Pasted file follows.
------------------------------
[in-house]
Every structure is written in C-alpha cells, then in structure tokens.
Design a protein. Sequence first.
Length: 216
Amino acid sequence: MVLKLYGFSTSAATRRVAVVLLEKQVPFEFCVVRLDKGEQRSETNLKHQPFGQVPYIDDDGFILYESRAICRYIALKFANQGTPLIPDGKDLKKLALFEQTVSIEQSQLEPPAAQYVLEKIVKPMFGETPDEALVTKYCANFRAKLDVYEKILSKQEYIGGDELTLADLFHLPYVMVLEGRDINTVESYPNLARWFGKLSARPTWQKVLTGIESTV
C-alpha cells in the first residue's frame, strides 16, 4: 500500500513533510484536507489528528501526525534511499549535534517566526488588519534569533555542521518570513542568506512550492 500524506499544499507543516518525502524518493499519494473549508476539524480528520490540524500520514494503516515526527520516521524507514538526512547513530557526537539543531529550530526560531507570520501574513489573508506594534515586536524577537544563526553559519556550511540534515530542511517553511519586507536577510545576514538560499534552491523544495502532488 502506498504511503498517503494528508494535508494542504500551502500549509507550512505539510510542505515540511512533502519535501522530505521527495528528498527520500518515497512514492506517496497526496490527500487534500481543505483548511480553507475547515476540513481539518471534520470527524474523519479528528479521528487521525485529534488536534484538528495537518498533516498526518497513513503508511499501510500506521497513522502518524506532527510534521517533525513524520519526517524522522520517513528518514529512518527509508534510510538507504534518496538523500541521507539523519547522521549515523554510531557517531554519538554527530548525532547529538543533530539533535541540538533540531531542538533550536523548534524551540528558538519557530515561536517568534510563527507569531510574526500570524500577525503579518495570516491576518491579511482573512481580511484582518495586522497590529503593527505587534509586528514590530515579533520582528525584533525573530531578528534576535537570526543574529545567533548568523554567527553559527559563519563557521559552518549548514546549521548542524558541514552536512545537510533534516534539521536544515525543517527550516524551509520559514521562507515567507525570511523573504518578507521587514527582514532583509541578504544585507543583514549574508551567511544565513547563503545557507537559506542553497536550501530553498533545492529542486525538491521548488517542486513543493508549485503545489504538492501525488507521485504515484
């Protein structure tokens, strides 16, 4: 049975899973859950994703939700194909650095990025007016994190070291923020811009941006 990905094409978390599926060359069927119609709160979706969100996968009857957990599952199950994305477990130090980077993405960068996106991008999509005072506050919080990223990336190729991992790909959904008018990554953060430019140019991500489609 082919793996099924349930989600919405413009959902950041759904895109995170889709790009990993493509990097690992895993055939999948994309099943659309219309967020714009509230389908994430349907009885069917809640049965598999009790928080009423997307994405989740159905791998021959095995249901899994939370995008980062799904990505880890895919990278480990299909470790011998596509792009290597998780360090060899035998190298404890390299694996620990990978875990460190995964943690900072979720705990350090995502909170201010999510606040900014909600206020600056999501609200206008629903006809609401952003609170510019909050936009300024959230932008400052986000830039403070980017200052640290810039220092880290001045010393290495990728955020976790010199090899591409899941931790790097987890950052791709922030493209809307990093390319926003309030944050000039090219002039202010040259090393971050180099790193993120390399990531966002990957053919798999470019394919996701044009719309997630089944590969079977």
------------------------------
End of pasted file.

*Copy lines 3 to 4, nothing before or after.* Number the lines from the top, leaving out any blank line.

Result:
Design a protein. Sequence first.
Length: 216